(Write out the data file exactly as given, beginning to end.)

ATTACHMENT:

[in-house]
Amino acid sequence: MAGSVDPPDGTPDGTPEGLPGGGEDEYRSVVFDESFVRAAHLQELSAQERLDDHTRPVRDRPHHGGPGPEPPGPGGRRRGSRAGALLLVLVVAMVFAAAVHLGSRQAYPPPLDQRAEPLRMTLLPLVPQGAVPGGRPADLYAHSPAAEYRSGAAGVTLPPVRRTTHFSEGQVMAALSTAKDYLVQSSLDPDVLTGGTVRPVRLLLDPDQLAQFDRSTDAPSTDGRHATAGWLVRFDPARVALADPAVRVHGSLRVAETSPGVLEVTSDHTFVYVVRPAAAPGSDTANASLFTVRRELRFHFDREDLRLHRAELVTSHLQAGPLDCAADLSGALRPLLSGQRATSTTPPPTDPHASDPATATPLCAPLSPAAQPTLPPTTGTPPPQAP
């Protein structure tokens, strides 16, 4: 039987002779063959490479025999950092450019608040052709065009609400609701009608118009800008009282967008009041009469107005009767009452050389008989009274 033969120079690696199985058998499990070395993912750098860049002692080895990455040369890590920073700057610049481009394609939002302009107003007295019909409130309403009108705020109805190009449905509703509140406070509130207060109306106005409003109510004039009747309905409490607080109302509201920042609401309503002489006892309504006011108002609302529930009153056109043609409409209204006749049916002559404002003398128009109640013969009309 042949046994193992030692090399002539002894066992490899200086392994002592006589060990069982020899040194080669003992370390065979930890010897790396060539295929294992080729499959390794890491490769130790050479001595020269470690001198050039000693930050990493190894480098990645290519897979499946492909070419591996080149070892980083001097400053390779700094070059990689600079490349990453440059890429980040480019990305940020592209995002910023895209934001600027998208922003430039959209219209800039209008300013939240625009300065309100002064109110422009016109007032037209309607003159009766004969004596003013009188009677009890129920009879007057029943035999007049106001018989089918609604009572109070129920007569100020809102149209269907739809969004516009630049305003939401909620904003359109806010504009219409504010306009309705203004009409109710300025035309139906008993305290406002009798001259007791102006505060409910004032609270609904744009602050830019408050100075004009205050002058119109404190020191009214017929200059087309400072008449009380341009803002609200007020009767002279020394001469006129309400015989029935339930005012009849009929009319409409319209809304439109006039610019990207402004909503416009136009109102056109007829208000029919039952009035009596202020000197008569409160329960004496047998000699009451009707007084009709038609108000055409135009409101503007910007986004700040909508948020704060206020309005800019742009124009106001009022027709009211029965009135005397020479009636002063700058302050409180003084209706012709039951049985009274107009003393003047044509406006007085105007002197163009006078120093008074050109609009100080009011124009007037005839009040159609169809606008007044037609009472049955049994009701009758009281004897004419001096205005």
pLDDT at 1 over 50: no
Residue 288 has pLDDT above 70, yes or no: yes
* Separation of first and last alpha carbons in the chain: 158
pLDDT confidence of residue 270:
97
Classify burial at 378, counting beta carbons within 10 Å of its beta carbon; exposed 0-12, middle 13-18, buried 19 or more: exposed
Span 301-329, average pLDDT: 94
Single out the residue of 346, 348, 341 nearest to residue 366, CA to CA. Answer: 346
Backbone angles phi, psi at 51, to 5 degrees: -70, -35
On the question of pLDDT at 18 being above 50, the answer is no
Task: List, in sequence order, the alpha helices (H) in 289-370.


[in-house]
Amino acid sequence: MAGSVDPPDGTPDGTPEGLPGGGEDEYRSVVFDESFVRAAHLQELSAQERLDDHTRPVRDRPHHGGPGPEPPGPGGRRRGSRAGALLLVLVVAMVFAAAVHLGSRQAYPPPLDQRAEPLRMTLLPLVPQGAVPGGRPADLYAHSPAAEYRSGAAGVTLPPVRRTTHFSEGQVMAALSTAKDYLVQSSLDPDVLTGGTVRPVRLLLDPDQLAQFDRSTDAPSTDGRHATAGWLVRFDPARVALADPAVRVHGSLRVAETSPGVLEVTSDHTFVYVVRPAAAPGSDTANASLFTVRRELRFHFDREDLRLHRAELVTSHLQAGPLDCAADLSGALRPLLSGQRATSTTPPPTDPHASDPATATPLCAPLSPAAQPTLPPTTGTPPPQAP
């Protein structure tokens, strides 16, 4: 039987002779063959490479025999950092450019608040052709065009609400609701009608118009800008009282967008009041009469107005009767009452050389008989009274 033969120079690696199985058998499990070395993912750098860049002692080895990455040369890590920073700057610049481009394609939002302009107003007295019909409130309403009108705020109805190009449905509703509140406070509130207060109306106005409003109510004039009747309905409490607080109302509201920042609401309503002489006892309504006011108002609302529930009153056109043609409409209204006749049916002559404002003398128009109640013969009309 042949046994193992030692090399002539002894066992490899200086392994002592006589060990069982020899040194080669003992370390065979930890010897790396060539295929294992080729499959390794890491490769130790050479001595020269470690001198050039000693930050990493190894480098990645290519897979499946492909070419591996080149070892980083001097400053390779700094070059990689600079490349990453440059890429980040480019990305940020592209995002910023895209934001600027998208922003430039959209219209800039209008300013939240625009300065309100002064109110422009016109007032037209309607003159009766004969004596003013009188009677009890129920009879007057029943035999007049106001018989089918609604009572109070129920007569100020809102149209269907739809969004516009630049305003939401909620904003359109806010504009219409504010306009309705203004009409109710300025035309139906008993305290406002009798001259007791102006505060409910004032609270609904744009602050830019408050100075004009205050002058119109404190020191009214017929200059087309400072008449009380341009803002609200007020009767002279020394001469006129309400015989029935339930005012009849009929009319409409319209809304439109006039610019990207402004909503416009136009109102056109007829208000029919039952009035009596202020000197008569409160329960004496047998000699009451009707007084009709038609108000055409135009409101503007910007986004700040909508948020704060206020309005800019742009124009106001009022027709009211029965009135005397020479009636002063700058302050409180003084209706012709039951049985009274107009003393003047044509406006007085105007002197163009006078120093008074050109609009100080009011124009007037005839009040159609169809606008007044037609009472049955049994009701009758009281004897004419001096205005």
pLDDT at 1 over 50: no
Residue 288 has pLDDT above 70, yes or no: yes
* Separation of first and last alpha carbons in the chain: 158
pLDDT confidence of residue 270:
97
Classify burial at 378, counting beta carbons within 10 Å of its beta carbon; exposed 0-12, middle 13-18, buried 19 or more: exposed
Span 301-329, average pLDDT: 94
Single out the residue of 346, 348, 341 nearest to residue 366, CA to CA. Answer: 346
Backbone angles phi, psi at 51, to 5 degrees: -70, -35
On the question of pLDDT at 18 being above 50, the answer is no
Task: List, in sequence order, the alpha helices (H) in 289-370.